Chemiluminescence from Vitamin E-Deficient Erythrocyte Membranes Induced by Xanthine Oxidase Reaction

  • Hiroshi Yasuda
  • Masayuki Miki
  • Yoshito Takenaka
  • Hiroshi Tamai
  • Makoto Mino
Part of the Basic Life Sciences book series (BLSC, volume 49)


Ultraweak chemiluminescence assay is known to be highly sensitive for oxidative reactions involved in the process of lipid peroxidation.1–3 The determination of spontaneous chemiluminescence would become a useful noninvasive mean for studying the oxidative damage in biological systems.4,5 However, the spontaneous chemiluminescence from living tissues may be too weak to be detected and identified, since biological systems are complex structured and contain a lot of substances serving as radical scavengers. Furthermore, the precise mechanism by which chemiluminescence is released still requires detailed study. In the light of the above point, the oxidation of red blood cell (RBC) membranes serves as a good model to study the peroxidative damage in the biological membranes.6,7 With the hypoxanthine-xanthine oxidase (HX-XOD) reaction, RBC membranes were found to be oxidized and result in hemolysis,8,9 where vitamin E in the membranes acted as a potent chain-breaking antioxidant and inhibited the peroxidation of membrane lipids as well as hemolysis.10,11 We have additionally reported that chemiluminescence was observed in the reaction of HX-XOD with vitamin E-deficient RBC.12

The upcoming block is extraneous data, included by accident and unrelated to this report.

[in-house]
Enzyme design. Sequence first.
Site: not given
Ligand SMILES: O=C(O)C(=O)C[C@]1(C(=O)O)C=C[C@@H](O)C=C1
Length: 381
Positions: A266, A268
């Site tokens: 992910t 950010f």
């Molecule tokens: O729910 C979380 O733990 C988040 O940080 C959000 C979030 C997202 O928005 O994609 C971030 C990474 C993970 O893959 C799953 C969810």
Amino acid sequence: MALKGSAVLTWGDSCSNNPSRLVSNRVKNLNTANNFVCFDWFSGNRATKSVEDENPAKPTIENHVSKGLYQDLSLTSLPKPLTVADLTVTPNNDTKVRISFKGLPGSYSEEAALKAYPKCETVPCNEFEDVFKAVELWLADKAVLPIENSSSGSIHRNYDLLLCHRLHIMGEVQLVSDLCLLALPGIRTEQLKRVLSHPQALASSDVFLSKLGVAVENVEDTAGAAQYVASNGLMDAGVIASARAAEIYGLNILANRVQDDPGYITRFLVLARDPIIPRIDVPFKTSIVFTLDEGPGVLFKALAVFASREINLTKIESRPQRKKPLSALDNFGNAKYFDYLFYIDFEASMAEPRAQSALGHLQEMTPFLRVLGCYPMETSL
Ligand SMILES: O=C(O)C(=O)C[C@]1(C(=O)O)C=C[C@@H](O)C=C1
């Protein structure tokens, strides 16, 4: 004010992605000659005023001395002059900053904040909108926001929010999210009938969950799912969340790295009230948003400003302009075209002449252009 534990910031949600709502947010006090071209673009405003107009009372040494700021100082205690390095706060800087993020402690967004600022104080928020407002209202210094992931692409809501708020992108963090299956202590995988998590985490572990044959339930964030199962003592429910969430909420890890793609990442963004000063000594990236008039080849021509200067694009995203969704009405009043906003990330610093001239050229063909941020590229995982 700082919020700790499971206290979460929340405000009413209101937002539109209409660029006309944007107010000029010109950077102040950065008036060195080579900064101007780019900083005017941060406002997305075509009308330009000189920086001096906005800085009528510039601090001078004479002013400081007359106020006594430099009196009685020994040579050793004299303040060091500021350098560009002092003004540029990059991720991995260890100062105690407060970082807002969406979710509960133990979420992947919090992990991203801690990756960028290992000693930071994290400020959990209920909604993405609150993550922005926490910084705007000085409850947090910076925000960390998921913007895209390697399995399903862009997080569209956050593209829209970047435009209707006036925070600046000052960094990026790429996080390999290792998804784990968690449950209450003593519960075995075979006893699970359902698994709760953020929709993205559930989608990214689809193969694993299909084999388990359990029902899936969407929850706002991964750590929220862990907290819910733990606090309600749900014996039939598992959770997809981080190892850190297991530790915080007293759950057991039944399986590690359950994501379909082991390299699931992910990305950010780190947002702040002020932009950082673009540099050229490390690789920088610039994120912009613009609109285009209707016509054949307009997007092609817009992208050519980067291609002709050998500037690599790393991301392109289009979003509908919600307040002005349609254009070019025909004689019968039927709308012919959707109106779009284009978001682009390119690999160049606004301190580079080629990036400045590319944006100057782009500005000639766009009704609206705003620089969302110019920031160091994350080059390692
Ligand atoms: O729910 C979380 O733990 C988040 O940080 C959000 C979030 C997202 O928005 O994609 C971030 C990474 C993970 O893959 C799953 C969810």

Chemiluminescence Intensity Ghost Membrane TBARS Formation Dialuric Acid Spontaneous Chemiluminescence 
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Copyright information

© Plenum Press, New York 1988

Authors and Affiliations

  • Hiroshi Yasuda
    • 1
  • Masayuki Miki
    • 1
  • Yoshito Takenaka
    • 1
  • Hiroshi Tamai
    • 1
  • Makoto Mino
    • 1
  1. 1.Department of Pediatrics Osaka Medical CollegeOsaka 569Japan

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